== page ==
STU: Is this why Bernanke was saying the other day I mean, you are way smarter on this stuff than I am. Is this why he was saying we're probably going to have to raise rates soon is because he sees this stuff coming?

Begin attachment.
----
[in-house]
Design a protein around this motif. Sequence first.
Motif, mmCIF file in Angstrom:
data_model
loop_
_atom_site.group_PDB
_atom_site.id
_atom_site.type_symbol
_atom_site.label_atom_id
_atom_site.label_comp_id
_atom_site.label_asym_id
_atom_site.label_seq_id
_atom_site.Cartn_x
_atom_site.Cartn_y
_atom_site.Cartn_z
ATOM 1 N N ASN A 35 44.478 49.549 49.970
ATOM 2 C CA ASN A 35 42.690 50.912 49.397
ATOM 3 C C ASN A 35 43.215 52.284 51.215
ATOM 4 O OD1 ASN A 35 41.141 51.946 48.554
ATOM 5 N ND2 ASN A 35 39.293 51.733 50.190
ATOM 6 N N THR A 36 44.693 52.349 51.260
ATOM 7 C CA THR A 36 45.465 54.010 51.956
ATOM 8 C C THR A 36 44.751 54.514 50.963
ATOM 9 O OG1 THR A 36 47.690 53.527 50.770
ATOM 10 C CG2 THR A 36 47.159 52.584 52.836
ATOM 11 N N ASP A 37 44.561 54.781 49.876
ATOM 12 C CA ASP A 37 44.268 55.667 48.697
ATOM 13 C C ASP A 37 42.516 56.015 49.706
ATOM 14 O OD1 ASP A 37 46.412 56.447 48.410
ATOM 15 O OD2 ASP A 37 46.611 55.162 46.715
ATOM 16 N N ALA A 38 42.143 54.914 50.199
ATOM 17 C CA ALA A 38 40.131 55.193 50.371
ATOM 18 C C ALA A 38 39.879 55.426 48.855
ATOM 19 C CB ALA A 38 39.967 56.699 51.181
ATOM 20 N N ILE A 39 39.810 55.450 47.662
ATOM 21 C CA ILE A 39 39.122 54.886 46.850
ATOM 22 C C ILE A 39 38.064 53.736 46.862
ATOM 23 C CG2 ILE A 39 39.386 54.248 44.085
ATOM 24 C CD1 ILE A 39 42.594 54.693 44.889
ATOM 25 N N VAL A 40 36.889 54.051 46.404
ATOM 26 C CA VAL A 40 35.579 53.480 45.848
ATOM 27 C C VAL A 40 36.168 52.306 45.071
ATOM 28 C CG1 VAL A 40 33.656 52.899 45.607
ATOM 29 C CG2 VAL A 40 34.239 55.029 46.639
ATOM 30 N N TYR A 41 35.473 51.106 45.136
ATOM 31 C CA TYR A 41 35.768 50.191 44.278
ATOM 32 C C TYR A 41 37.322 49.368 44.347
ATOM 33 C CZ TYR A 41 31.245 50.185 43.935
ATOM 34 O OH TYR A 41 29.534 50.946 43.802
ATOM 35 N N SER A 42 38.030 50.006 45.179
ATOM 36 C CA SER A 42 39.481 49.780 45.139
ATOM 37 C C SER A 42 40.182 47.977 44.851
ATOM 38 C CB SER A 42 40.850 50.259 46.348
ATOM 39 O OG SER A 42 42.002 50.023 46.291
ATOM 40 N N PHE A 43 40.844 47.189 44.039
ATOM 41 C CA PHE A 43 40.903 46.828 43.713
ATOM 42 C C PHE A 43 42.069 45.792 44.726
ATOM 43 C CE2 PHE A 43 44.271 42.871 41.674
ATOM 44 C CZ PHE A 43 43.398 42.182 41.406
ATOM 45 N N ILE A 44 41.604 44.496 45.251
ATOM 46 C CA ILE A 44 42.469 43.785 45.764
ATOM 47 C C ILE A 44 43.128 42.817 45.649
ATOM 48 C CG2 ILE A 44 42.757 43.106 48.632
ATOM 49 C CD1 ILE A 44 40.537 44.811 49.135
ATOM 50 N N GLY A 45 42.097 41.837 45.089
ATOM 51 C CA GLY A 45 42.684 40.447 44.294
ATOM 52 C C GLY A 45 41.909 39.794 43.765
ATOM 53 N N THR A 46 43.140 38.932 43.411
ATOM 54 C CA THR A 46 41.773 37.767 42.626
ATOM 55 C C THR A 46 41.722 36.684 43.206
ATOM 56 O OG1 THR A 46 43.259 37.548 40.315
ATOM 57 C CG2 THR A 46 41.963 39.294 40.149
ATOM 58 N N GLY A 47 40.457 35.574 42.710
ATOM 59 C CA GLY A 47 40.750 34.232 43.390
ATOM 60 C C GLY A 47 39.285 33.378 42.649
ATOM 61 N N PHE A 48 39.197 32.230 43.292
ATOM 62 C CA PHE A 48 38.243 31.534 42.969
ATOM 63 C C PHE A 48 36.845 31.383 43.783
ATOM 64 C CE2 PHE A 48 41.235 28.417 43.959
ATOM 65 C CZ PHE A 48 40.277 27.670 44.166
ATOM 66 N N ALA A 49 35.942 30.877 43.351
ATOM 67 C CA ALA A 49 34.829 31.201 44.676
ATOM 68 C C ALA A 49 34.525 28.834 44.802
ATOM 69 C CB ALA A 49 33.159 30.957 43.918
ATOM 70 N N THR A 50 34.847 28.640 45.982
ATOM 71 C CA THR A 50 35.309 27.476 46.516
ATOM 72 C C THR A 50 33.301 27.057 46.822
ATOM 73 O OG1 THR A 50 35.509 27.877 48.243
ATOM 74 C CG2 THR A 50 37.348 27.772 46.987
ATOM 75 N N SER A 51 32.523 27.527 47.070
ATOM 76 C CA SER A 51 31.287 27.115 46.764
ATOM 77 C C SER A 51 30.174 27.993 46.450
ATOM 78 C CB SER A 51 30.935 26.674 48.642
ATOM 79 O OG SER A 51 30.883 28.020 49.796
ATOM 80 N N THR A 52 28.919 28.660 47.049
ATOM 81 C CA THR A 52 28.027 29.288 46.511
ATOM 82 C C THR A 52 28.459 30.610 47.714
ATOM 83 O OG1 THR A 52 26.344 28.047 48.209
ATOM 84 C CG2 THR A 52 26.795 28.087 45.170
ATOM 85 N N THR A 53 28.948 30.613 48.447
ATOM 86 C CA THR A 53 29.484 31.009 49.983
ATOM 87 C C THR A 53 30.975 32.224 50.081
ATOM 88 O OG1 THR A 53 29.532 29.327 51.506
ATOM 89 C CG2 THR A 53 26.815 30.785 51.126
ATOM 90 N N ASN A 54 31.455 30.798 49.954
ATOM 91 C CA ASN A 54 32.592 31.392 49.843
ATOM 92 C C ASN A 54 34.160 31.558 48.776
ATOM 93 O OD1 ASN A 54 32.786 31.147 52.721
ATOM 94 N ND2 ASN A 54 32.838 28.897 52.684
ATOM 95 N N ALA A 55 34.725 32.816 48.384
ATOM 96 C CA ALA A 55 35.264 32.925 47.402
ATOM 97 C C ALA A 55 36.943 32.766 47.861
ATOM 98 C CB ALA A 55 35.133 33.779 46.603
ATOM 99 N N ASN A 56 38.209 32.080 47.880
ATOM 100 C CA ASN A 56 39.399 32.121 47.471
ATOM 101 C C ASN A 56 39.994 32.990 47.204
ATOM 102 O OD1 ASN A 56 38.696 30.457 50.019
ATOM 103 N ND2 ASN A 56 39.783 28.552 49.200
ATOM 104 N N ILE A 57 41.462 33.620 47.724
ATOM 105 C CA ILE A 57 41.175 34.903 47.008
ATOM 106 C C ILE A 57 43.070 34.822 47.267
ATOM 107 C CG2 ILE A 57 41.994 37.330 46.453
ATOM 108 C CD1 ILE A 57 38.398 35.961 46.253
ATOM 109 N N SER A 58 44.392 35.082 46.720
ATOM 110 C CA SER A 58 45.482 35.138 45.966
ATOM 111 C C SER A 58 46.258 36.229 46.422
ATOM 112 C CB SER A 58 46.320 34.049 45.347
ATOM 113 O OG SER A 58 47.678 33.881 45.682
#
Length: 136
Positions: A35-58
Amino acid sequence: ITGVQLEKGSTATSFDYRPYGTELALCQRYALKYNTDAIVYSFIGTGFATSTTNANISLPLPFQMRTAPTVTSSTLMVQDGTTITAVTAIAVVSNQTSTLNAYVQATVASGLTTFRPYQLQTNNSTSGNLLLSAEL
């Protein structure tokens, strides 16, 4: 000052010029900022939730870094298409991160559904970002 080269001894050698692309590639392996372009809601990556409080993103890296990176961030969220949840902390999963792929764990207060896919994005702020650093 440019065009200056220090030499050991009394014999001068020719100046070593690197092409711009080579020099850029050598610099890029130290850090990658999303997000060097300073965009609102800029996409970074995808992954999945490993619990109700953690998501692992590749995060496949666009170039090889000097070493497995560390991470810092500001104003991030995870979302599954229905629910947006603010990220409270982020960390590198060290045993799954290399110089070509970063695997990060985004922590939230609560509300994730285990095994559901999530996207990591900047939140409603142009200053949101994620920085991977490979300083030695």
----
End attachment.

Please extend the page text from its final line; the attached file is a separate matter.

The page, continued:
GLENN: Yes, but just listen to this. He is saying that we're going to have to raise rates soon for a couple of reasons. And this is, the market is not going to allow this to continue, period. The bond market will not allow it to continue. That's why China dumped bonds. They are no longer our biggest holder of foreign debt. It's now Japan. That should have been the front page story all across America. The number one holder of all bonds is the Federal Reserve. With $5.1 or $5.6 trillion of American debt. That's taking money from one pocket and putting it in the other. This is a game that's being played. So China is saying to us, you know what? We don't trust you guys. They didn't stop buying the bonds, our treasury debt. They didn't stop buying them. They also sold them! So you know what? We've got to distance ourself a little bit. That was the first telegraph saying, stop, stop what you're doing right now because you are in their thinking you're dishonoring our money, our loans and our people's honor. It's not a good situation to be in. So to get people to go back in and buy our bonds we have to raise what they're going to get. Look, we don't take out 30 year mortgages on this. This isn't sitting out there for three years. Some of this stuff is three months, six months, twelve months, three years. It resets; we're the kind of people, we're buying a house on an adjustable mortgage. And in three months a trillion dollars can come up and we have to go back to the bank of China, back to Japan, back to whoever loaned us money and say, hey, we need this trillion dollars again for another three months. It's a revolving loan. Well, now that people say, no, no, we don't trust you guys, they are going to ask for a higher interest rate. They are going to say, we're taking too much of a risk. What are you going to pay us to take this risk? You think they are going to take 3%? No. Because they don't think they are going to get their money back. 5%? 8%? 10%? 12%? 18%? At some point it will be those numbers.